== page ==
It’s high time to start dreamin’ of high adventures!
Winter is coming to a close and before it does, I plan to eek out a grand adventure out there: a ridge traverse! Loveland Pass and Hooiser Pass are ~42 miles away from each other if you follow the Continental Divide ridgeline that separates them. In fact, this segment is the highest part of the entire Continental Divide itself topping out at 14,278′ high Grays Peak. Torreys Peak @ 14,267′, Mount Edwards @ 13,850′, Argentine Peak @ 13,743′, Mount Guyot @ 13,376′, Bald Mountain @ 13,690′ and Hooiser Ridge @ 13,352 feet are other prominent highpoints found on this route.
Total elevation gain/loss is around 20,000′ (STEEP!)
The route tops out at Class 3, but with the Winter conditions, I anticipate very cold weather, slow and awkward snow travel, and some serious avalanche concerns. Camping right on the Continental Divide ridgeline will also be very challenging with a high probability I’ll be blown half way to Kansas.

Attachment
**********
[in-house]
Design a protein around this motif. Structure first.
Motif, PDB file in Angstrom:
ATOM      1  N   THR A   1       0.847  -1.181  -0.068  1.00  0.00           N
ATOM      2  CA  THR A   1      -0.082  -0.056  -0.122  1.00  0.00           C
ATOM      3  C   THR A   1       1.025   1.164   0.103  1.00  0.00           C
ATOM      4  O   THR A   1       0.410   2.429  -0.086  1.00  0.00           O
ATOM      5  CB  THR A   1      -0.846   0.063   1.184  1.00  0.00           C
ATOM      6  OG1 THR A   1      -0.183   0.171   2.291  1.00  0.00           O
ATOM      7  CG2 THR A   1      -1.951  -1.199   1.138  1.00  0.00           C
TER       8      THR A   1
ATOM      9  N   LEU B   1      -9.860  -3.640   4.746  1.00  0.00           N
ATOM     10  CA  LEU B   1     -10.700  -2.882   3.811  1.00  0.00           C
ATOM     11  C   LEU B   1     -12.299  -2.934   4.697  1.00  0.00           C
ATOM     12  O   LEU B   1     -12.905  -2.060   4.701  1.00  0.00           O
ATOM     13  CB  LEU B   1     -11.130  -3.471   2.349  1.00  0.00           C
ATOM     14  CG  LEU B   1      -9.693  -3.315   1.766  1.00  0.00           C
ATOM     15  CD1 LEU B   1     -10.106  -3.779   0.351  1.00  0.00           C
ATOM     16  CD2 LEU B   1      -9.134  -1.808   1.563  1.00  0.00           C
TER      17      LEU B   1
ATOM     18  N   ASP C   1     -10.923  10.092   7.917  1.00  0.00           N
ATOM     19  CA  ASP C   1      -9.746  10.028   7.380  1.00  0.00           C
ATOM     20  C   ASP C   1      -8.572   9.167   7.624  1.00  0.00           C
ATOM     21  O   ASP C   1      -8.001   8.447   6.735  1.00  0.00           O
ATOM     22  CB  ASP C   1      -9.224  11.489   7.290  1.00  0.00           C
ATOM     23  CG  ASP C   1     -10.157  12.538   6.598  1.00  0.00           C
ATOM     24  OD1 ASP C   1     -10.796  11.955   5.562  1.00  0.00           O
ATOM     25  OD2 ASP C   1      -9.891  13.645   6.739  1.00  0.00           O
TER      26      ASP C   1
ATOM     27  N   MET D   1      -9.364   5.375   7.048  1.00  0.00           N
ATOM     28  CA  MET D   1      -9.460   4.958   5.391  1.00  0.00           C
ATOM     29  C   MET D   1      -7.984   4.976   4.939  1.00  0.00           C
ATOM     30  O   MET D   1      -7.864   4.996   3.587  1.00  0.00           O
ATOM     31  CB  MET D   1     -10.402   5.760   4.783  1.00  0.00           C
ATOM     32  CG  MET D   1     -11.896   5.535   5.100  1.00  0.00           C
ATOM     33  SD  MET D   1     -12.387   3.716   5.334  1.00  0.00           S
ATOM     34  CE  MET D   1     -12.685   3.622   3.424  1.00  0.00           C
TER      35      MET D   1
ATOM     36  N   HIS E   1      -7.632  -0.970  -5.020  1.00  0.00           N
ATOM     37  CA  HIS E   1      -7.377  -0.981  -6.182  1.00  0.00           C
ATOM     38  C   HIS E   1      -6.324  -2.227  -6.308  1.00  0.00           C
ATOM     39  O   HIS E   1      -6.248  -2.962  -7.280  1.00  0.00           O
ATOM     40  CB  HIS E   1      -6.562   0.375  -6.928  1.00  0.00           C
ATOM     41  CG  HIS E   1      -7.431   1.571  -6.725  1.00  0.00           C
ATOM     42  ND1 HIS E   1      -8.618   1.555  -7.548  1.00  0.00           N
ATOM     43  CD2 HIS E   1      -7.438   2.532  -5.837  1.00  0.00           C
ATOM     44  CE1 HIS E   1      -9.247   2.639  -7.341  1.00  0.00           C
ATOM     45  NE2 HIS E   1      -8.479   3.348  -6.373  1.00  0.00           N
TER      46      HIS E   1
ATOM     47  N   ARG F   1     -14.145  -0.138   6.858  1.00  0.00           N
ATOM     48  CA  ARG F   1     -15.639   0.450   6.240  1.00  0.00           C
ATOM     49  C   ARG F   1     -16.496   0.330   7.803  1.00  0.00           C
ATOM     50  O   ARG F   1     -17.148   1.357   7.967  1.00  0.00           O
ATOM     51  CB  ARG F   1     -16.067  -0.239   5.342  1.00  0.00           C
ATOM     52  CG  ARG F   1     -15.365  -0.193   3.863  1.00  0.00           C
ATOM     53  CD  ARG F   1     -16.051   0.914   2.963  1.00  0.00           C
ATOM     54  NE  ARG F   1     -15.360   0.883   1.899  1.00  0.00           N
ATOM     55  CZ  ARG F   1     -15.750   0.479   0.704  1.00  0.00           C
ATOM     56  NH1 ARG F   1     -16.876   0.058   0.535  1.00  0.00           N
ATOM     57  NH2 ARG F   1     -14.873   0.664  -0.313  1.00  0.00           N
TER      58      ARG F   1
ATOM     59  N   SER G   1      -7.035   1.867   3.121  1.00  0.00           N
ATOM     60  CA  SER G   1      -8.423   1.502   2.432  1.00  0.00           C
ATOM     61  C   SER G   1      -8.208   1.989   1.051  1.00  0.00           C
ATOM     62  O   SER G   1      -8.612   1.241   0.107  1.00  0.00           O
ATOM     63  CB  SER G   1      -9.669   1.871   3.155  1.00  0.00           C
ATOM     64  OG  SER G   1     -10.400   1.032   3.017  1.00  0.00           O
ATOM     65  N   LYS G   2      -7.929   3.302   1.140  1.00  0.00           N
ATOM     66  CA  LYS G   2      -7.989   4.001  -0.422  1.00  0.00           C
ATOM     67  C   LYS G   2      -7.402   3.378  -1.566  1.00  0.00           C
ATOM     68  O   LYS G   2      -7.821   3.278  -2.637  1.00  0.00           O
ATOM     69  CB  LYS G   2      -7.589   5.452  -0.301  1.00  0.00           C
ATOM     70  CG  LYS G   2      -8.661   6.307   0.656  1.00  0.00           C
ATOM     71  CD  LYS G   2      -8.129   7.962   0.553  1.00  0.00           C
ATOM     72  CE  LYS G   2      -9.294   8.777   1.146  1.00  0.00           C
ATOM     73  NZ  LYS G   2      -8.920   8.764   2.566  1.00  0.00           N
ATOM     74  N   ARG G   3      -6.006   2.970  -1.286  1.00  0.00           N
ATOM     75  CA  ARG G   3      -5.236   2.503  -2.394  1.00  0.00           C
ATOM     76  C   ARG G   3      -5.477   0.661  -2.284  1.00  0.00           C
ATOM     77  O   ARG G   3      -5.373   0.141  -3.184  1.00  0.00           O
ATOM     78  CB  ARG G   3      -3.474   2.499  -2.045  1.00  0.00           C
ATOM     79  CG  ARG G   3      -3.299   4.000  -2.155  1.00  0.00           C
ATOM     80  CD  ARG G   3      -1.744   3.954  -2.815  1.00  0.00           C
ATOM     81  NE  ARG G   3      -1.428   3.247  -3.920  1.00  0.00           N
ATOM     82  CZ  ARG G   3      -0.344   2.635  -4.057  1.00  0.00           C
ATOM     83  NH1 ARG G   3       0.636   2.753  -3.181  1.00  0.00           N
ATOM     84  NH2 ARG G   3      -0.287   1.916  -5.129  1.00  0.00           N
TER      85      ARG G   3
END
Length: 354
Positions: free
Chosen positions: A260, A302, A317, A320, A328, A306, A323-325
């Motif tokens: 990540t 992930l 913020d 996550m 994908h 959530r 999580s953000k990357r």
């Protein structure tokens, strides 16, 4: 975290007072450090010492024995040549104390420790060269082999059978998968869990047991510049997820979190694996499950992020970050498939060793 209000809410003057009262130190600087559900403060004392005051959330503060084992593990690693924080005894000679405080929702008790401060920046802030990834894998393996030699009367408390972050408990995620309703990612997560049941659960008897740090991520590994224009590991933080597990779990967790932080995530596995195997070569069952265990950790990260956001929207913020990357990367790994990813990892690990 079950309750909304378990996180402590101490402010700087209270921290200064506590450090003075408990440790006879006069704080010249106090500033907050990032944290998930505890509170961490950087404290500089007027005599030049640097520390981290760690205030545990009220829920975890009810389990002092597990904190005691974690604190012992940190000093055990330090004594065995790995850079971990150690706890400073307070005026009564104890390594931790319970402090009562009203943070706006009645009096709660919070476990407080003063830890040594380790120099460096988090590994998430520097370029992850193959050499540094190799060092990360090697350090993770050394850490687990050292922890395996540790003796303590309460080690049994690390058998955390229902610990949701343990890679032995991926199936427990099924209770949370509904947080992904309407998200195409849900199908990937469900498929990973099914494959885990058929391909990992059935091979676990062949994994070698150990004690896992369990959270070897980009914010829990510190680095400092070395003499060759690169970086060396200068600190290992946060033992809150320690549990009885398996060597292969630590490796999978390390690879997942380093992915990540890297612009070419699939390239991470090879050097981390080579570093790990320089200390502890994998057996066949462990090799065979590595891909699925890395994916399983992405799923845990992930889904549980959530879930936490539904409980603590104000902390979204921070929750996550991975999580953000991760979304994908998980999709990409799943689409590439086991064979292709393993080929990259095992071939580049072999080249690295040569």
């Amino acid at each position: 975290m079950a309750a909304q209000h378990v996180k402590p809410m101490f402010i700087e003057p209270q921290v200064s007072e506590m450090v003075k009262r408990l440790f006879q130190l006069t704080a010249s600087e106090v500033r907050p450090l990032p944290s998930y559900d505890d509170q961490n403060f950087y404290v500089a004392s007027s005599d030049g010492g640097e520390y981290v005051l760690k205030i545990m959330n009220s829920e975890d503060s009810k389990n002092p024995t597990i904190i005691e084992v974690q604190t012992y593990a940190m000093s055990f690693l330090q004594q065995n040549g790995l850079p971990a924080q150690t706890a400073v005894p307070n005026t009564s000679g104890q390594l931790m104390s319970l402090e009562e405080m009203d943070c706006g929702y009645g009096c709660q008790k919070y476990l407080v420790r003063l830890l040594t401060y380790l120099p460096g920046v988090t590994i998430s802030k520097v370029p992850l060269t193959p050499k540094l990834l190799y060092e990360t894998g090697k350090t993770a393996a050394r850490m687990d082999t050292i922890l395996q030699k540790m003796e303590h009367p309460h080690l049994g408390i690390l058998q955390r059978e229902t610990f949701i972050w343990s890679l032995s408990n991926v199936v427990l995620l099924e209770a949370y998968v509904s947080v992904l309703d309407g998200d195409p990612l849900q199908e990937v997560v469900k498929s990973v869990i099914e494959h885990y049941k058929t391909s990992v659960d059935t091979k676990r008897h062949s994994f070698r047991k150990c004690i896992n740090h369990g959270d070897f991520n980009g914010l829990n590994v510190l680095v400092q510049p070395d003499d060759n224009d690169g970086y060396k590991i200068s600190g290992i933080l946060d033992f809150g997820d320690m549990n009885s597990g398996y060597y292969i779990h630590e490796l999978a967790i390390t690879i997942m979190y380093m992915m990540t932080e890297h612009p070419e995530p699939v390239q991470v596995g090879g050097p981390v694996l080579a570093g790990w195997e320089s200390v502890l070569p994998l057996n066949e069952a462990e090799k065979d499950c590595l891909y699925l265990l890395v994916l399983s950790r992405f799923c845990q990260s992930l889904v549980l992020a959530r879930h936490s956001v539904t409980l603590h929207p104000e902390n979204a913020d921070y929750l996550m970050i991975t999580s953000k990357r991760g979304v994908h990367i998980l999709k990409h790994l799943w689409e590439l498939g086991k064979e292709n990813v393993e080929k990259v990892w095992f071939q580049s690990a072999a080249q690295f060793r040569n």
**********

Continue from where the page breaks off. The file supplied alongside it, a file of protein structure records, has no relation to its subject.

I plan to take about three full days to traverse across, and may opt to walk back to Breckenridge from Hooiser Pass, if I don’t hitch a ride back to town.
This ridge traverse is in the same vein of many of my other ridge traverse, like the Milner to Berthoud Pass Traverse, the Sawatch Traverse, and the Mosquito/Tenmile Range Traverse – all of which use parts of the Continental Divide for the entire route or just part of the way. My traverse from Loveland Pass to Guanella Pass with a bike in-tow also traveled on the same terrain at the beginning, before veering off the CD to Square Top Mountain.
Both Loveland Pass and Hoosier Pass – as well as Georgia Pass and Boreas Pass found in-between are the sights of many of my past adventures, and hold a special place in my heart.
I’ve ridden to Georgia Pass found on the Colorado Trail on my Colorado Trail Race (and training rides) – and I can say similar things about Boreas Pass/Tour Divide.
I’ve also summited many of these high peaks in other adventures, including my Tour 14er and Tour of the Highest Hundred.
It’s always a thrill to rediscover these places in new and inventive ways.
Wish me luck!